The government has committed £12 million funding for the controversial Thanet Parkway Station project at Cliffsend – reducing the amount Kent County Council now have to invest from £17.8 million to £5.8million.
Planning permission for the scheme, which has spiralled in cost from an initial £11.2 million to an estimated £34.5 million, has been on hold due to the pandemic.
The station at Hengist Way will be a two platform station with the entrance on the north side. There will be a 300 space car park, platforms accessible by stairs, lift and pedestrian bridge.
Waiting shelters, CCTV and passenger information points will be provided on each platform along with ticket machines and a help point to provide remote assistance by intercom.
There will be an additional 20 bays for pick-up/drop-off and taxi parking. The car park includes 16 disabled bays and 19 spaces for electric vehicles. Cycle parking and two bus stops will also be provided.
It is claimed the project will create 800 jobs. The investment comes from the government’s £900m ‘Getting Building Fund.’ It was one of over 300 successful projects “shovel-ready infrastructure projects” to receive support.
Thanet council has pledged £2million for the scheme, £14 million of Local Growth Fund is also allocated by the South East Local Enterprise Partnership (SELEP), and £700,000 from East Kent Spatial Development Company as well as the reduced contribution from Kent County Council.
The £14 million LGF was approved by SELEP on February 14, subject to planning consent. A SELEP spokesperson confirmed this money remains granted, adding: “The award of £12m Getting Building Fund reduces Kent County Council’s funding contribution to the scheme.”
The costs comprise of:
£19.99m for the station and car park (at 80% probability and inclusive of 11% contingency);
£10.20m for the level crossing upgrades (at 10% probability and inclusive of 57% contingency – this level of contingency is standard industry practice with work at GRIP1 stage);
£4.14m for other costs including the highway junction works, archaeological mitigation works, land purchase, planning costs, legal costs and fees.
The government get building fund also allocates £2.5million for Discovery Park Building 500.
The news follows an appeal in the House of Commons last month by South Thanet MP Craig Mackinlay for government support of Thanet Parkway.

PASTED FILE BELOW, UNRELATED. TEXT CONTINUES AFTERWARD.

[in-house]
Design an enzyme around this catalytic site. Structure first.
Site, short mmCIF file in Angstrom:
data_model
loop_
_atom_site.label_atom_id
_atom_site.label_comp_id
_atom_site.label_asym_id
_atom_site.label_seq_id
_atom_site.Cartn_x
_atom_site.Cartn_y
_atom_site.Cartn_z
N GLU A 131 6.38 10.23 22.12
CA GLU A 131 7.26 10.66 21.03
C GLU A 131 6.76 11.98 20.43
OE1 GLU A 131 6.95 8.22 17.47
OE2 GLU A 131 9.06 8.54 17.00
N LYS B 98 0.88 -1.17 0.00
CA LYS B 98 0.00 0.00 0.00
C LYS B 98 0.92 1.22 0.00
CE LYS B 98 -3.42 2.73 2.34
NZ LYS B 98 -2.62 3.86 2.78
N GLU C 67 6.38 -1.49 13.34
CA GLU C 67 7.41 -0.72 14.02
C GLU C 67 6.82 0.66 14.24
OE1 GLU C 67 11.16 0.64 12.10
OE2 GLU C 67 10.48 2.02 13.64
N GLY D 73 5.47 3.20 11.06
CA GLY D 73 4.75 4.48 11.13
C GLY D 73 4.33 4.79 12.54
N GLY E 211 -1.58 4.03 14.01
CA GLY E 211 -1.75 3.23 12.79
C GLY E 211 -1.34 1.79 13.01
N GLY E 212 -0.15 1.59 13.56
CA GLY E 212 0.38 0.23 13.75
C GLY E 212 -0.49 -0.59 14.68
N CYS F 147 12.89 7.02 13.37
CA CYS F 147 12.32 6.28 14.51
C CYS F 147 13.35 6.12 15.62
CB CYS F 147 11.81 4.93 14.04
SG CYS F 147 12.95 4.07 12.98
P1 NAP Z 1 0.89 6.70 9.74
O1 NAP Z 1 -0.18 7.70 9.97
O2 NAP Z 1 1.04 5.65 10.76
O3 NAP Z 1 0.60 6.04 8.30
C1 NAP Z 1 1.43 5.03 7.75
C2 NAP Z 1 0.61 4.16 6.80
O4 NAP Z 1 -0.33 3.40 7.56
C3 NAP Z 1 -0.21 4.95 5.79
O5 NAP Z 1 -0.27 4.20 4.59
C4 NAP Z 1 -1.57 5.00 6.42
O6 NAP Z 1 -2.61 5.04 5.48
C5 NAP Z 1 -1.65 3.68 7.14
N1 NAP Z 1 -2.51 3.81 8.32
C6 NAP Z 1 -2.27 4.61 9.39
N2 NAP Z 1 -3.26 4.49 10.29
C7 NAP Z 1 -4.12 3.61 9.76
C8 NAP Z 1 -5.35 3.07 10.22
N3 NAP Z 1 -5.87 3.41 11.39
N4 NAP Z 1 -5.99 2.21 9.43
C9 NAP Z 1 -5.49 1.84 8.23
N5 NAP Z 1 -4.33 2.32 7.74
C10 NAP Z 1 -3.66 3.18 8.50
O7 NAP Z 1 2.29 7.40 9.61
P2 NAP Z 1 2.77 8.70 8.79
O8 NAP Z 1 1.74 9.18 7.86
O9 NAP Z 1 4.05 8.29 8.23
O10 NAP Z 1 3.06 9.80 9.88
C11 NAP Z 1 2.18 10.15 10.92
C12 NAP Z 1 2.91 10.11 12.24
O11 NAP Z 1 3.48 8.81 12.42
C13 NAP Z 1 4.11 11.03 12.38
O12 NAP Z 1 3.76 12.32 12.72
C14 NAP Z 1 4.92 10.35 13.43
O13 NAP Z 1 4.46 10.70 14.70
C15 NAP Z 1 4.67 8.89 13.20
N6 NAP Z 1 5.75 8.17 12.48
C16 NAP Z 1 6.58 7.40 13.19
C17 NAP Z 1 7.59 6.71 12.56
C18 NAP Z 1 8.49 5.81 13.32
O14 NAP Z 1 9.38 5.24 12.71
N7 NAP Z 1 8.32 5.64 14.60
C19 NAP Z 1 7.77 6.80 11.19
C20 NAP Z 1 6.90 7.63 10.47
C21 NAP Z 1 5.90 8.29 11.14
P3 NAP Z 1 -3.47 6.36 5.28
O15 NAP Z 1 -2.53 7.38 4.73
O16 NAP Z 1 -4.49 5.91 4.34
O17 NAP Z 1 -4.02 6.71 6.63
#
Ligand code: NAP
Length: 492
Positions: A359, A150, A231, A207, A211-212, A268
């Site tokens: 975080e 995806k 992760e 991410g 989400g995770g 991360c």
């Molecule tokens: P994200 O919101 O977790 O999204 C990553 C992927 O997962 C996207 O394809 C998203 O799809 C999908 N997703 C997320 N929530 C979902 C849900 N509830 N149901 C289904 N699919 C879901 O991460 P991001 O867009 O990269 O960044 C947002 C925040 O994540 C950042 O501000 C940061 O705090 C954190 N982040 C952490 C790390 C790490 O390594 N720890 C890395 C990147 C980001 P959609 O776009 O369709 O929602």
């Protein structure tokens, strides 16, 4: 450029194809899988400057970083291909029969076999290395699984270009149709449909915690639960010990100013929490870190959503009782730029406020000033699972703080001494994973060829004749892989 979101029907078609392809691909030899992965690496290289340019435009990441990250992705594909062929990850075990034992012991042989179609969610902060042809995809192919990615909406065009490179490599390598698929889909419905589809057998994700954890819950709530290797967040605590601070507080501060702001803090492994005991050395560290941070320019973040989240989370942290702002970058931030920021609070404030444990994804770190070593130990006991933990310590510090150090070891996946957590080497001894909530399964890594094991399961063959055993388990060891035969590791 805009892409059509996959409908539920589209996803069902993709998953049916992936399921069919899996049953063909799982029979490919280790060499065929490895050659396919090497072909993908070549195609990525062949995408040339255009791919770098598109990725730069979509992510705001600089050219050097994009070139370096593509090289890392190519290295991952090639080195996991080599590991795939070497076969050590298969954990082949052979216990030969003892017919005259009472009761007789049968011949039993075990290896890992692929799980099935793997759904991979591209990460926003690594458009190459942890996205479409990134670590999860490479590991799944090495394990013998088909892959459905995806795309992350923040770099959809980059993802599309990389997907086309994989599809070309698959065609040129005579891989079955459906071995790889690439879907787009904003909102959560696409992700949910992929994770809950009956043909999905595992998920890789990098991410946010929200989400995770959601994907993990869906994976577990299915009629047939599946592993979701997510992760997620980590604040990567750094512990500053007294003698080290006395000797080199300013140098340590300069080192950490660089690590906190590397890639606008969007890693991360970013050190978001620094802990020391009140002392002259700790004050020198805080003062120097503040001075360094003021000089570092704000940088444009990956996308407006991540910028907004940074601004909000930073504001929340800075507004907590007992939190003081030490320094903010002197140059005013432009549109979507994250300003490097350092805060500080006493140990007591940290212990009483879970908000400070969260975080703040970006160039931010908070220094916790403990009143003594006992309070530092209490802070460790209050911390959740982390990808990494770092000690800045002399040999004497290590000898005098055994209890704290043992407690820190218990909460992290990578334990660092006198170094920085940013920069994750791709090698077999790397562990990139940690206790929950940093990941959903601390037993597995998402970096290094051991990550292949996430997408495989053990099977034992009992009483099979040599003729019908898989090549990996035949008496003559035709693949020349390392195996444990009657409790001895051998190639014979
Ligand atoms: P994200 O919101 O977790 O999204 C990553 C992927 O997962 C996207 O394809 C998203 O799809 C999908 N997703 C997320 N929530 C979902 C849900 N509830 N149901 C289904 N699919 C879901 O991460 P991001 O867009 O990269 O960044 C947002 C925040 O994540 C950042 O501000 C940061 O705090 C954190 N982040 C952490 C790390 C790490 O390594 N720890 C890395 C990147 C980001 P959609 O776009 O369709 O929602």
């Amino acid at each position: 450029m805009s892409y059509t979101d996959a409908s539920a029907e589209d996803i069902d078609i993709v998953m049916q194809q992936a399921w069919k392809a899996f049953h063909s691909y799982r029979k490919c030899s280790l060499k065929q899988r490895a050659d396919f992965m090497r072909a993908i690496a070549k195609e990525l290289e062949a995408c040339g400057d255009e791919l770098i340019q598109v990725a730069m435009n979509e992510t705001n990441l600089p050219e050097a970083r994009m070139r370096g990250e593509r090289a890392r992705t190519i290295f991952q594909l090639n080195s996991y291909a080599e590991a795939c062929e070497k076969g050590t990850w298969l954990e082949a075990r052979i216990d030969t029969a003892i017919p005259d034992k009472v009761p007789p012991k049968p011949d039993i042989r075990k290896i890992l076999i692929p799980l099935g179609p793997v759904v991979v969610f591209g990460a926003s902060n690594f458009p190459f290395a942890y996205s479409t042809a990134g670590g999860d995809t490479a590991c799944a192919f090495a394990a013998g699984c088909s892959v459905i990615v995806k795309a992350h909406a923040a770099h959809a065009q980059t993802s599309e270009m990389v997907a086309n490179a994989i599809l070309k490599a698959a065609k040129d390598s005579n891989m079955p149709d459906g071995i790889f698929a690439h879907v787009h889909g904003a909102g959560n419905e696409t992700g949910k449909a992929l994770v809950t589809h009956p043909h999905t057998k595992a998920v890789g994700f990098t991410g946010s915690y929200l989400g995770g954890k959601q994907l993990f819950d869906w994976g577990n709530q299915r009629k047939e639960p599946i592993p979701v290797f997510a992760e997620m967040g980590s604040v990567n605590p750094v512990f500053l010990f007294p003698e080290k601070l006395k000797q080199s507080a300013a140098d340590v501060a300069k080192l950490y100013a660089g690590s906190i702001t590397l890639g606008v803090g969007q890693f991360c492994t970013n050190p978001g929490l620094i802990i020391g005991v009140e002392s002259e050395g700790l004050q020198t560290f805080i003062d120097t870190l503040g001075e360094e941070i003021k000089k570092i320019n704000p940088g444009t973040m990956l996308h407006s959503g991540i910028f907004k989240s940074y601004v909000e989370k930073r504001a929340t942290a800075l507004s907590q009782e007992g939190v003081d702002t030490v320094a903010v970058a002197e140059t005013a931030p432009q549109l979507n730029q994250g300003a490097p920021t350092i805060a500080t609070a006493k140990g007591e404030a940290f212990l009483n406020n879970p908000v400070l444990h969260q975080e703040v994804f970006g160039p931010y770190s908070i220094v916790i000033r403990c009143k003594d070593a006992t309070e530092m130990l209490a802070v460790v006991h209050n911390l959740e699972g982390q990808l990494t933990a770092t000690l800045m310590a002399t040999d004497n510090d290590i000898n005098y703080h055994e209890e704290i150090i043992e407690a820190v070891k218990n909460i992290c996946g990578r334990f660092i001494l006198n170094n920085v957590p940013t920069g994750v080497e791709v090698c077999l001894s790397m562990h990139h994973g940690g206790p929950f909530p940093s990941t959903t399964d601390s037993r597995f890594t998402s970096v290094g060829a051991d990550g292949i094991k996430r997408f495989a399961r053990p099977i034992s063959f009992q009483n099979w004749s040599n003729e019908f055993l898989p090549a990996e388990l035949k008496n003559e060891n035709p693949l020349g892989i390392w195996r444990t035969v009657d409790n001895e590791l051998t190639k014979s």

Mr Mackinlay said:“This is tremendous news for the South Thanet constituency in particular, as well as for the Isle as a whole and East Kent.
“It’s well-known that accessibility to London is a major determinant of economic success. Thanet, with its peripheral location, has endured slow journey times to London. That can now change with a headline journey time of around 1 hour to London Stratford International.
“On the back of the granting of the DCO for Manston supported by £300m of private investment, this £14.5m of public funding is a step-change that will provide a catalyst for regeneration.
“After a difficult period, these are momentous times for Thanet and we can look to the future full of optimism and confidence.”
Earlier this year Thanet councillors Barry Lewis, Karen Constantine (Labour) and Emma Dawson (Con) questioned whether such a large spend should be made on the station in light of the pandemic.
Suggestions had been made that the £17,8 million ring-fenced contribution from Kent County Council should instead be used to fund the coronavirus effort but these were branded ‘disingenuous’ by the authority.
Cllr Barry Lewis said of the funding announcement: “I have spoken to hundreds of people about the problems in Thanet and not one person has said the problem with Thanet is that we only have seven train stations.
“I believe if Thanet Parkway Station is to go ahead all monies should be put in by national government in the same way as Crossrail and HS2. are being funded.
“It is not the job of local councils to give a gift to National Rail without having any ownership of the station.”
Funding for the Discovery Park Incubator will be used to refurbish the ground floor of Building 500 to create world-class research and development space. 50,000 sq.ft. of individual biology and chemistry laboratories together with associated write-up space, and new plant-room equipment will be delivered to attract the companies to this world-class and world-leading science park.
Both projects receiving funding were put forward by the Kent and Medway Economic Partnership (KMEP), the local board of the South East Local Enterprise Partnership’s (SELEP).